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Staff photo by Matt Hamilton / From left, Dealin Blalock, D'Mario Lawrence and Braedyn Johnson-Mills, all 11, eat lunch in the cafeteria at Battle Academy on Tuesday, June 7, 2022.

With federal funding running out this month, Hamilton County public schools have put limits on their offerings of free meals this summer.

Other community organizations, like the YMCA of Metropolitan Chattanooga, will continue to feed people free of charge, albeit with some changes to the way they operate.

The programs that allow them to continue, funded by the U.S. Department of Agriculture, will return to operating the way they did before the pandemic, which means families can no longer take a meal and go — they must be eaten on site. The requirement to eat on-site was relaxed during the pandemic.

"Over the past couple of years, the USDA gave us a bunch of waivers to operate in a different way. And we don't have that flexibility this summer," Hamilton County Schools Director of School Nutrition Kristen Nauss said in a phone interview.

"With our Summer Reach program, we are feeding the students that are attending Summer Reach, and that exhausted all of our resources, staff-wise. So, we have quite a lot of staff that go on summer break, or they have other summer jobs that they work. So, we're not doing any other community feeding beyond that," Nauss said.

In 2021, the school meal waivers were in addition to Summer Reach and a Summer Food Service Program that's been offered through the YMCA for a number of years.

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Chattanooga area summer meal programs

"We were making these meals to distribute to parents that wanted to come to the front of the building. We would pass it out while they were still in their car. But we're not able to do that this summer," Nauss said.

Around 60% of Hamilton County students qualify for free meals, Nauss said. Throughout the 2021-2022 school year, all students received free f00d due to the pandemic. But starting this fall, breakfast and lunch programs will return to full prices unless families apply for free or reduced price meals.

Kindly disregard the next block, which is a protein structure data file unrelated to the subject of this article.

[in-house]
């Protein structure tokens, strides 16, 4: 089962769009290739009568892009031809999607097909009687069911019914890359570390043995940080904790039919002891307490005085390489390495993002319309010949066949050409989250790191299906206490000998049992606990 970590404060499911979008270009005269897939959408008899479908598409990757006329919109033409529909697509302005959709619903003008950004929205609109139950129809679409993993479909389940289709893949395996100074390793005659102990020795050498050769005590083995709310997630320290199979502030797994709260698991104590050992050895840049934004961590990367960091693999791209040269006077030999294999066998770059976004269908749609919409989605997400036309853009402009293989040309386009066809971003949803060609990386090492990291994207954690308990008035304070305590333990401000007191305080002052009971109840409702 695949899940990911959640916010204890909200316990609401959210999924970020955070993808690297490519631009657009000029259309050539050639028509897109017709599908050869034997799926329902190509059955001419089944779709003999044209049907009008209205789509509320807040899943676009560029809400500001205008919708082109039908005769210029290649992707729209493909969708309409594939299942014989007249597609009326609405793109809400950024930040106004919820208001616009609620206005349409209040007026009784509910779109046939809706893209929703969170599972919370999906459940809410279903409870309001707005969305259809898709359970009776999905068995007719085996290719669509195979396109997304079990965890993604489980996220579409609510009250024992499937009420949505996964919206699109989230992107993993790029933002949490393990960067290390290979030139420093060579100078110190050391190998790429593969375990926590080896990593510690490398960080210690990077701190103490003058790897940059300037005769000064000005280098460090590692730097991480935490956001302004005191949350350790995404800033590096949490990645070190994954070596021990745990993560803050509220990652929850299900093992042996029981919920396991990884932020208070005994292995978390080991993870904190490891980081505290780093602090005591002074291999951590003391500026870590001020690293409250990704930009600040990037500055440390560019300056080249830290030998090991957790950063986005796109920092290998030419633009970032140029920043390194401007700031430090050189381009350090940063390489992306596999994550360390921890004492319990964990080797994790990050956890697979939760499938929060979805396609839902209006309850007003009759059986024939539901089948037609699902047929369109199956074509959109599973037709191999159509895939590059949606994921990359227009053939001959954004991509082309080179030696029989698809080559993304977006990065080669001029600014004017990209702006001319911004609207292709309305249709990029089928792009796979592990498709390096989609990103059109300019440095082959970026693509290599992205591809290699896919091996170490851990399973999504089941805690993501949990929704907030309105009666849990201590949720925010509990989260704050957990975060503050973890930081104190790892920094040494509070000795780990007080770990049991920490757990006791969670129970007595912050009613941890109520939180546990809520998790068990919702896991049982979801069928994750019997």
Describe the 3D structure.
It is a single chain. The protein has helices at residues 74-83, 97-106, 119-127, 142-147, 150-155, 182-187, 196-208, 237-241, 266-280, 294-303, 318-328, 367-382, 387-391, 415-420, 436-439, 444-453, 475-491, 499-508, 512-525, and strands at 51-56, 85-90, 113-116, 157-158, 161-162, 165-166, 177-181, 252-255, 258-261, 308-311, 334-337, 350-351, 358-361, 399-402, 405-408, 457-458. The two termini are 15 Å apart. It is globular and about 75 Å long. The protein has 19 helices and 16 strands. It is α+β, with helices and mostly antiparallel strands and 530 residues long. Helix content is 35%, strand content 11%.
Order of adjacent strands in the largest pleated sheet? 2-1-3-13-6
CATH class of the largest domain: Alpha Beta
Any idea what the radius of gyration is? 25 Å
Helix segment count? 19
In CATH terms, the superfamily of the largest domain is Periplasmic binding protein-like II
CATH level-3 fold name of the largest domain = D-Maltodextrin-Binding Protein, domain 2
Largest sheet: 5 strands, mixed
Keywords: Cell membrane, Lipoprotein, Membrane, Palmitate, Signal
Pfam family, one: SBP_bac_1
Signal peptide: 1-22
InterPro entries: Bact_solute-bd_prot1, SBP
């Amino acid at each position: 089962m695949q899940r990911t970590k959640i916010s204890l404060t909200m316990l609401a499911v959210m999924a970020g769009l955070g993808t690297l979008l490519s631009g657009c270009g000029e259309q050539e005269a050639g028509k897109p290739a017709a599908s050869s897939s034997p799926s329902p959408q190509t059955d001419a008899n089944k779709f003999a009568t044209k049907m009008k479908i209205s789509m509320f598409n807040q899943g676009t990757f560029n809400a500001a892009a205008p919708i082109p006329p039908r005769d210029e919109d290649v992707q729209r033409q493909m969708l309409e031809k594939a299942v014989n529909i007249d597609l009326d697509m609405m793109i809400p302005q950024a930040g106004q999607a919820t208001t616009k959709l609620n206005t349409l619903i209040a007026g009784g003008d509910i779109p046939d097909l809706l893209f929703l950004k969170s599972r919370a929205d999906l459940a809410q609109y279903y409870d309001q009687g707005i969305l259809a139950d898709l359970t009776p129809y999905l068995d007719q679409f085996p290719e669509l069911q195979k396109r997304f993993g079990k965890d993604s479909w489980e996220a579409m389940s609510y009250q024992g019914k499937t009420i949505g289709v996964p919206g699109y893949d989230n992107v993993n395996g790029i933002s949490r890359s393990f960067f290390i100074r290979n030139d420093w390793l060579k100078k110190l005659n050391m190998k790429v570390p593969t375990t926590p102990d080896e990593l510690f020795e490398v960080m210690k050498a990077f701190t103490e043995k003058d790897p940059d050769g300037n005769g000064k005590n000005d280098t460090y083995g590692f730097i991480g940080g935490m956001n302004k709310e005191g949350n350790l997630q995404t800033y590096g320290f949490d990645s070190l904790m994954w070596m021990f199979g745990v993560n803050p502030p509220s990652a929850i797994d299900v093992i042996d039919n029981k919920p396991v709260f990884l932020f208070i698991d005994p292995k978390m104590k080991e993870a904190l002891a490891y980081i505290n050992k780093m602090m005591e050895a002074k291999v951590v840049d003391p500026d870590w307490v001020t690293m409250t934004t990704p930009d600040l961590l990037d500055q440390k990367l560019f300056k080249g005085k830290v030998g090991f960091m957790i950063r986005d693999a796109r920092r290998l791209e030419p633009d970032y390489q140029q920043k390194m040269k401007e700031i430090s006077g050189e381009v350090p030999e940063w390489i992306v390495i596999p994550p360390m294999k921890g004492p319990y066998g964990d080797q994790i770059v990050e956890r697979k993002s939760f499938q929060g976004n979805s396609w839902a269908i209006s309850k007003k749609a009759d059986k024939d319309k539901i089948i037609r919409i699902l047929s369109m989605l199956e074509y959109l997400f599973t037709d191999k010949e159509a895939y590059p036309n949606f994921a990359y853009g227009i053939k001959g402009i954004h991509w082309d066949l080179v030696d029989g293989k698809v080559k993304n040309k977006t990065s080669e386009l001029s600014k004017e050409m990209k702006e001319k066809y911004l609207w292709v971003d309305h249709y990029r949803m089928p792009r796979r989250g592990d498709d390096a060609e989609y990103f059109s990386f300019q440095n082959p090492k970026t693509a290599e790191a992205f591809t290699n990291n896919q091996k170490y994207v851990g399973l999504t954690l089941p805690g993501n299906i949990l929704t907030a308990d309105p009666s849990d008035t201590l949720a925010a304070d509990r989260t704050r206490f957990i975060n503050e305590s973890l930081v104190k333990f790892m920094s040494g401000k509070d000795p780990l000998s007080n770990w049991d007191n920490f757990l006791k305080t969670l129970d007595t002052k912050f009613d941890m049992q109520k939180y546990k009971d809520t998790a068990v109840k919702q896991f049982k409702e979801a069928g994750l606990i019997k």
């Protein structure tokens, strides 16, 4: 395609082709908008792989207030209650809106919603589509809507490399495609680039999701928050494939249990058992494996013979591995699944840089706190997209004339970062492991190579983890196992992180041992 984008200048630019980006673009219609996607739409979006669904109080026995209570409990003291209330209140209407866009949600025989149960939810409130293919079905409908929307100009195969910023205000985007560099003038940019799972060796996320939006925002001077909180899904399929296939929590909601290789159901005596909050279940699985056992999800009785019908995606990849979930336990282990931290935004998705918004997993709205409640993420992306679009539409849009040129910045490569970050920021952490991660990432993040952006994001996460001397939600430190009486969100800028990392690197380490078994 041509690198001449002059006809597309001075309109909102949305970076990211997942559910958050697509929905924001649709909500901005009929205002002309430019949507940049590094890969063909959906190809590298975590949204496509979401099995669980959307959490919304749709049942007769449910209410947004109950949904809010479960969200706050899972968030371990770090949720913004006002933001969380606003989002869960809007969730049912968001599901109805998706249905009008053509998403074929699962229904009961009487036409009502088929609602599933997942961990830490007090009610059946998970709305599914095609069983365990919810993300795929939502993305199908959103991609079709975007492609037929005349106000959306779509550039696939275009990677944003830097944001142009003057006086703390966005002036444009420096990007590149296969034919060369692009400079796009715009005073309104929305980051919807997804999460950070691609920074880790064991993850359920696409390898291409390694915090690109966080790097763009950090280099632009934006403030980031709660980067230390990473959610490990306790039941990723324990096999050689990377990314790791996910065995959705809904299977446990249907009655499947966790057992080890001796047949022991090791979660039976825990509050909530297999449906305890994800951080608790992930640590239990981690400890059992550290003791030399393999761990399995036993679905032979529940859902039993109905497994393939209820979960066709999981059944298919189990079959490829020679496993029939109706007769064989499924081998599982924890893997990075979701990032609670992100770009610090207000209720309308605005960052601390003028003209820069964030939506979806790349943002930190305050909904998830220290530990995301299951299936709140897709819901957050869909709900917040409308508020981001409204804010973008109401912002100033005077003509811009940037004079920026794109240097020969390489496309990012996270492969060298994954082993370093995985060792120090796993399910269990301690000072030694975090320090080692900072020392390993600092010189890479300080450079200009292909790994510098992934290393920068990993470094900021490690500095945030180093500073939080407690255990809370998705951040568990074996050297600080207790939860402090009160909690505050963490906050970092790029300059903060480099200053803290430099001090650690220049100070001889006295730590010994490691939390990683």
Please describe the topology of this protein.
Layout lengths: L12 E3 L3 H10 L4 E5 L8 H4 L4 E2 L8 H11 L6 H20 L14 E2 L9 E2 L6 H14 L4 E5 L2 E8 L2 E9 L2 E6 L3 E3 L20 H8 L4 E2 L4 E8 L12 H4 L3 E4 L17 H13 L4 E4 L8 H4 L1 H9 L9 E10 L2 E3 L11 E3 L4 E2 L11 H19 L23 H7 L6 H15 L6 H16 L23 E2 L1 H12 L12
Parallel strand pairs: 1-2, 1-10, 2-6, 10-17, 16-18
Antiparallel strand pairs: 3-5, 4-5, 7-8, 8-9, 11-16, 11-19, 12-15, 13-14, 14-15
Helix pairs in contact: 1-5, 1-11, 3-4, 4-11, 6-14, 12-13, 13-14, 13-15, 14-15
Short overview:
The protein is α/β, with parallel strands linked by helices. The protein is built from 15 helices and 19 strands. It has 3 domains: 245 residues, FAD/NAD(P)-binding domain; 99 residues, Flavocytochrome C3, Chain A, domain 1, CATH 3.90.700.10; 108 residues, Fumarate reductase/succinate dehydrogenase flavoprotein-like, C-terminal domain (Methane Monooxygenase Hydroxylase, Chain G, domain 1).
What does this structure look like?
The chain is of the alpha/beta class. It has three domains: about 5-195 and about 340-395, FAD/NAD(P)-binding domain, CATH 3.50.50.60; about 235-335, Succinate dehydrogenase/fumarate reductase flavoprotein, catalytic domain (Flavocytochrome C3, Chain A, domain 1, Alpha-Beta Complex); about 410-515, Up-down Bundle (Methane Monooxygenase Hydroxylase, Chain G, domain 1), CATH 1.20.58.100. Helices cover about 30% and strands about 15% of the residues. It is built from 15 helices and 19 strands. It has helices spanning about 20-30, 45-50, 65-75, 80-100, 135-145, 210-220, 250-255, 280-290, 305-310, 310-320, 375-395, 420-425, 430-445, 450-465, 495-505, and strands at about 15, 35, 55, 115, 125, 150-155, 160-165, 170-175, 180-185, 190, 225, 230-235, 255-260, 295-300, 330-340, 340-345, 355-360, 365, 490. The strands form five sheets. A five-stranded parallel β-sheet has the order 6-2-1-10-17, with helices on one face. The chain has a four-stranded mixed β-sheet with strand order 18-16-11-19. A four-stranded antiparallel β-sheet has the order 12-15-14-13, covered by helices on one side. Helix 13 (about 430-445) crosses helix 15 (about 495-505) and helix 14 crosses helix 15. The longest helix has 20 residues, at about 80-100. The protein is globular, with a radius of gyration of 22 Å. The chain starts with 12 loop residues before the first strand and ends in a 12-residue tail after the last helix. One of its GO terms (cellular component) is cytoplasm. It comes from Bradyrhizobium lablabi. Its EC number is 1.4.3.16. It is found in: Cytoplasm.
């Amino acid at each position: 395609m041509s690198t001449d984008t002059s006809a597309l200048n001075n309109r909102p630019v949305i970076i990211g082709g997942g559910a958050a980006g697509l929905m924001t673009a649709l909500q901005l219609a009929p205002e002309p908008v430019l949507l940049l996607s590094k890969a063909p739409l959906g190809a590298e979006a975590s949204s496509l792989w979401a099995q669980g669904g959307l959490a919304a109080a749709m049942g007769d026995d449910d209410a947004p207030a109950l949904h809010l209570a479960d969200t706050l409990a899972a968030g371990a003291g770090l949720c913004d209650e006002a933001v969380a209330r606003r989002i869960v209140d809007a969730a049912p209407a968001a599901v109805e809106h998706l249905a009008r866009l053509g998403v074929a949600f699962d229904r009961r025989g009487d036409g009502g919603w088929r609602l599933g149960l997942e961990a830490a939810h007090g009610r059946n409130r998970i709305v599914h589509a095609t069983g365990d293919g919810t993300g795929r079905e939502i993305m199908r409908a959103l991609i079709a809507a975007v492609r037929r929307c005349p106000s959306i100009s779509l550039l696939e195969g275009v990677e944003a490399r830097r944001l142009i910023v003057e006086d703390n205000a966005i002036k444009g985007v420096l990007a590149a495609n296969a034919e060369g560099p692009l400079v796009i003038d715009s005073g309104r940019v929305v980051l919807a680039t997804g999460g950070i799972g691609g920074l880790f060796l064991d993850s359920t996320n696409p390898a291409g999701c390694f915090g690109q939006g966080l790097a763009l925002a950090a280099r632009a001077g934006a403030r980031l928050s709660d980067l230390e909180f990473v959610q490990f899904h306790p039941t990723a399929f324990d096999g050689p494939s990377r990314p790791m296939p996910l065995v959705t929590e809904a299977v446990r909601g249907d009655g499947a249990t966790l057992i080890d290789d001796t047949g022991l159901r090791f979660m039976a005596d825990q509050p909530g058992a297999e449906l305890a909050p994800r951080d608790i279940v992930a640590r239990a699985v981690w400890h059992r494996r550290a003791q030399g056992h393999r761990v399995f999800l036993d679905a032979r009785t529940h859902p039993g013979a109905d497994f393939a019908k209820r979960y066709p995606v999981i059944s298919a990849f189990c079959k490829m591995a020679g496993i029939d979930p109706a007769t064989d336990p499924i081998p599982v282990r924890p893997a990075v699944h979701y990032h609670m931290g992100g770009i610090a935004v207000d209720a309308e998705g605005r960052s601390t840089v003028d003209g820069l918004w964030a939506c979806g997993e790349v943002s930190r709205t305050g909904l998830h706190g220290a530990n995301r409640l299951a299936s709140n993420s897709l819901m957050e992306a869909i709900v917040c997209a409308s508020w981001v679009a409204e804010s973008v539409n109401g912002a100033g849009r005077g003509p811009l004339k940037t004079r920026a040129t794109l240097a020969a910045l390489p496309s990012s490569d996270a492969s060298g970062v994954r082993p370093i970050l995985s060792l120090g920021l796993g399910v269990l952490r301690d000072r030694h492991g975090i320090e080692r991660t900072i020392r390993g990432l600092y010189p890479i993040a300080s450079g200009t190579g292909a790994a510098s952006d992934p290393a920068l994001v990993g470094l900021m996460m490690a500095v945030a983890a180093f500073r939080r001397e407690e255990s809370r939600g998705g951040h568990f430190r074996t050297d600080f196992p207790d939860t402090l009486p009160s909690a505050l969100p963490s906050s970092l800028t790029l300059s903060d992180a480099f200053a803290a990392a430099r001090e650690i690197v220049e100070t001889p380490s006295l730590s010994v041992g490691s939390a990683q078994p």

This summer, however, meals offered through the YMCA are available to any child between the ages of 1 and 18 with no documentation required, Paula Irwin, executive director of the J.A. Henry Community YMCA Summer & Year-Round Food Programs, said in a phone call.

Between the YMCA's 75 sites in Hamilton and Bradley counties in Tennessee and Catoosa and Walker counties in Georgia, approximately 3,500 meals are served each day, Irwin said. Last summer, over 500,000 meals were distributed.

All the meals follow healthy eating and physical activity standards set by the National AfterSchool Association, in addition to meeting federal nutrition requirements. Foods served contain no trans fats; have less than 8 grams of added sugar per serving; contain only whole grain; are not fried or pre-fried; and beverages are limited to water, 1% milk or non-fat milk.

A list of sites and schedules can be found at ymcachattanooga.org.

Contact Carmen Nesbitt at cnesbitt@timesfreepress.com or 423-757-6327. Follow her on Twitter @carmen_nesbitt.

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